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A close finish in the Burbank City Council race

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Photo: FLLewis/A Writers Groove

I dropped by Burbank City Hall last night to see the returns come in for the General Municipal Election. The only names on the ballot were the six candidates running for three seats on the powerful Burbank City Council. Around 10 p.m. when the numbers were in for all of the city’s 42 precincts and the winners elected, I felt like I’d just watched a nail-biting horse race at Santa Anita racetrack. I guess it was only fitting that a hard fought campaign would end in a neck-and-neck race for at least two of the council seats.

Incumbent and Mayor Dave Golonski shot out of the gate as the front runner and remained so to the finish line. The real horse race occurred for second and third among Incumbent David Gordon, long-time community activist Jess Talamantes, and young upstart Kimberly Jo.

As many campaign observers had expected, Jo waged a tough battle and even led councilman Gordon until the last few precinct ballots were counted. In the end experience won out; Incumbents Golonski and Gordon will be joined on the council by Talamantes, a retired Burbank firefighter. Still, one must applaud Jo for spearheading a campaign based on fresh ideas and a new kind of energy, which fired up many voters.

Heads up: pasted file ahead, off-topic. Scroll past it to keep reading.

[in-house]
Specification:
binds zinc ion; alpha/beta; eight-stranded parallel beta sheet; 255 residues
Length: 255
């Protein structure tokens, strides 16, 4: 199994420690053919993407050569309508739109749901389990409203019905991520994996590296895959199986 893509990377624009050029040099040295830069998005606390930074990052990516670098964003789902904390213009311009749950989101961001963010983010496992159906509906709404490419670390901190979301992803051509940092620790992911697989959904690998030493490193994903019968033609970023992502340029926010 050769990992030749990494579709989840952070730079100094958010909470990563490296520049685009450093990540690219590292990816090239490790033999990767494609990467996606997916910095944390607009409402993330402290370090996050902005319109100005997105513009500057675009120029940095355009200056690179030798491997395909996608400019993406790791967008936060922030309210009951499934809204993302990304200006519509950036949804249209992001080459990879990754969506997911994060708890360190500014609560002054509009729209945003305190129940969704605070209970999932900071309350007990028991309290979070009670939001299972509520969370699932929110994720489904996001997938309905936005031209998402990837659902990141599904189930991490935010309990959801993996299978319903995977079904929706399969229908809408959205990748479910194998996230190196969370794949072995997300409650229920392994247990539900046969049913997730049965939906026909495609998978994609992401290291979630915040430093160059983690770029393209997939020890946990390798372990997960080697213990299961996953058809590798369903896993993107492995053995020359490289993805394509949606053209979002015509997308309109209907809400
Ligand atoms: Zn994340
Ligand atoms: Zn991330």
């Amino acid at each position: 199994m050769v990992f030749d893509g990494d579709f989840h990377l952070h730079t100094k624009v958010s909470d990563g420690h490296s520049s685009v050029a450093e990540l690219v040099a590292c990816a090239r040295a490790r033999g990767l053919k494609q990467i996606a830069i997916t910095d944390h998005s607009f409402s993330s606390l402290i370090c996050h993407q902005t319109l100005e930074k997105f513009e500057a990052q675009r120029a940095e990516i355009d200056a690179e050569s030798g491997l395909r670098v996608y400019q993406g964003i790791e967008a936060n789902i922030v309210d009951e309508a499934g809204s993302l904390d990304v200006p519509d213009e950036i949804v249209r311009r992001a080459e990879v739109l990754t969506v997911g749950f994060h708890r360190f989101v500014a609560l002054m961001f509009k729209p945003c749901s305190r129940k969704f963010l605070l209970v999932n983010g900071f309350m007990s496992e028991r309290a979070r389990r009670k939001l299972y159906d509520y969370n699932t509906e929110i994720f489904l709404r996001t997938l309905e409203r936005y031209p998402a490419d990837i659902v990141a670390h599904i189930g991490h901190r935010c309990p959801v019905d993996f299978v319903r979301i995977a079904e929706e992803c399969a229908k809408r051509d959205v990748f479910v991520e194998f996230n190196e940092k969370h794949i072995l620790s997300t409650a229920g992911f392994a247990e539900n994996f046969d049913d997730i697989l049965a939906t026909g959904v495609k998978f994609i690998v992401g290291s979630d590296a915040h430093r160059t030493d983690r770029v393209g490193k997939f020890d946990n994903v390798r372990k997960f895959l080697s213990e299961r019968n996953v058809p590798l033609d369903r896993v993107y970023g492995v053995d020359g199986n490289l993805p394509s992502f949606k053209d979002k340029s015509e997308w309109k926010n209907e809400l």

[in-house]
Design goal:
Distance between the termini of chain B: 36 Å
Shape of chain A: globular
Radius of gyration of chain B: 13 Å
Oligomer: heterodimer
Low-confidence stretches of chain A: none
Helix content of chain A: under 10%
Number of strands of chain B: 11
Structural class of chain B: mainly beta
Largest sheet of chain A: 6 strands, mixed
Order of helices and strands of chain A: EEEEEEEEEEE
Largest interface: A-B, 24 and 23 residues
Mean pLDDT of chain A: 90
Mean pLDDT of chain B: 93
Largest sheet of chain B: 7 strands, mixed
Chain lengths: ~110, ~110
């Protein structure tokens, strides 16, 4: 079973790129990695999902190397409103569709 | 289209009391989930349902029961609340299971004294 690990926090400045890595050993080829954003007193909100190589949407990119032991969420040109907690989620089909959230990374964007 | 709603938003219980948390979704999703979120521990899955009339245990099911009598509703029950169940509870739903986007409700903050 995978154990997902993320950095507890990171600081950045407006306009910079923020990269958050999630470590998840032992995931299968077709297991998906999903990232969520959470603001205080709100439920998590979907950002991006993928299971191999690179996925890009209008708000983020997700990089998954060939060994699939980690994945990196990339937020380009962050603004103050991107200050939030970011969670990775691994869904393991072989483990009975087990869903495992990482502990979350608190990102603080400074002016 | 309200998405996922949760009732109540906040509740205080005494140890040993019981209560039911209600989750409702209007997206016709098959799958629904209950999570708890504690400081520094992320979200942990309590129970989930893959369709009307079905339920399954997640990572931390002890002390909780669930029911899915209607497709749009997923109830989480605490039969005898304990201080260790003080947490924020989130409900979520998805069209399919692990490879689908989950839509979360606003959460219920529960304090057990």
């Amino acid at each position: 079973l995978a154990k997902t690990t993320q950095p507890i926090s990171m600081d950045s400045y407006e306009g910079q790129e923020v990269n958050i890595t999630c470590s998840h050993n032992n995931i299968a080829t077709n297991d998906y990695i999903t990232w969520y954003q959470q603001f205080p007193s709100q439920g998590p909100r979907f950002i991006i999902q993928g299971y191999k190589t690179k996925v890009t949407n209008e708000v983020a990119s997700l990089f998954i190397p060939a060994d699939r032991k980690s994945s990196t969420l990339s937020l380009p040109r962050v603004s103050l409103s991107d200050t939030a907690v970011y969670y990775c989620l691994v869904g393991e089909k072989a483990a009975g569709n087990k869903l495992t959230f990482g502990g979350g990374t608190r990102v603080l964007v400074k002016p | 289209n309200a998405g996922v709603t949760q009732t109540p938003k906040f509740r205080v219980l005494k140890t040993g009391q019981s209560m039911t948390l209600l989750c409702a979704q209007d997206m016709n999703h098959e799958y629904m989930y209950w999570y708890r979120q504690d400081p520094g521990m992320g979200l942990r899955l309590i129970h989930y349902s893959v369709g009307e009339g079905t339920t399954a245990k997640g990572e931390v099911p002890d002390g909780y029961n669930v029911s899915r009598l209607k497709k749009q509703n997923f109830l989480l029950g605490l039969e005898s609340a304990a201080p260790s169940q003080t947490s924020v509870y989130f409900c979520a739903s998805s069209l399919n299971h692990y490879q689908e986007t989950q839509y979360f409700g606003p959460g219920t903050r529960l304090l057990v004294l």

Here’s the final count:

Elise Stearns-Niesen —— 3838

Garen Yegparian———- 3126

David Gordon———— 5235            ELECTED

Kimberly Jo————– 5031

Jess Talamantes———- 5353         ELECTED

Dave Golonski————5698           ELECTED

 Ballots:  11, 852                           42 out of 42 precincts

Dr. Gordon watched the returns come in at city hall. He admitted it had been a stressful night and was clearly relieved when it was over: “I look forward to doing an even better job in my second term.”  Also, Gordon says he wants to continue to “… keep my position of putting the people first.”

Mayor Golonski stopped by city hall once victory was imminent and he savored it: “I’m excited … I feel good, we worked hard…” Golonski admits the recession and the struggling economy mean 2009 is shaping up to be a rough year, but he believes there will be “…opportunities with those challenges.”

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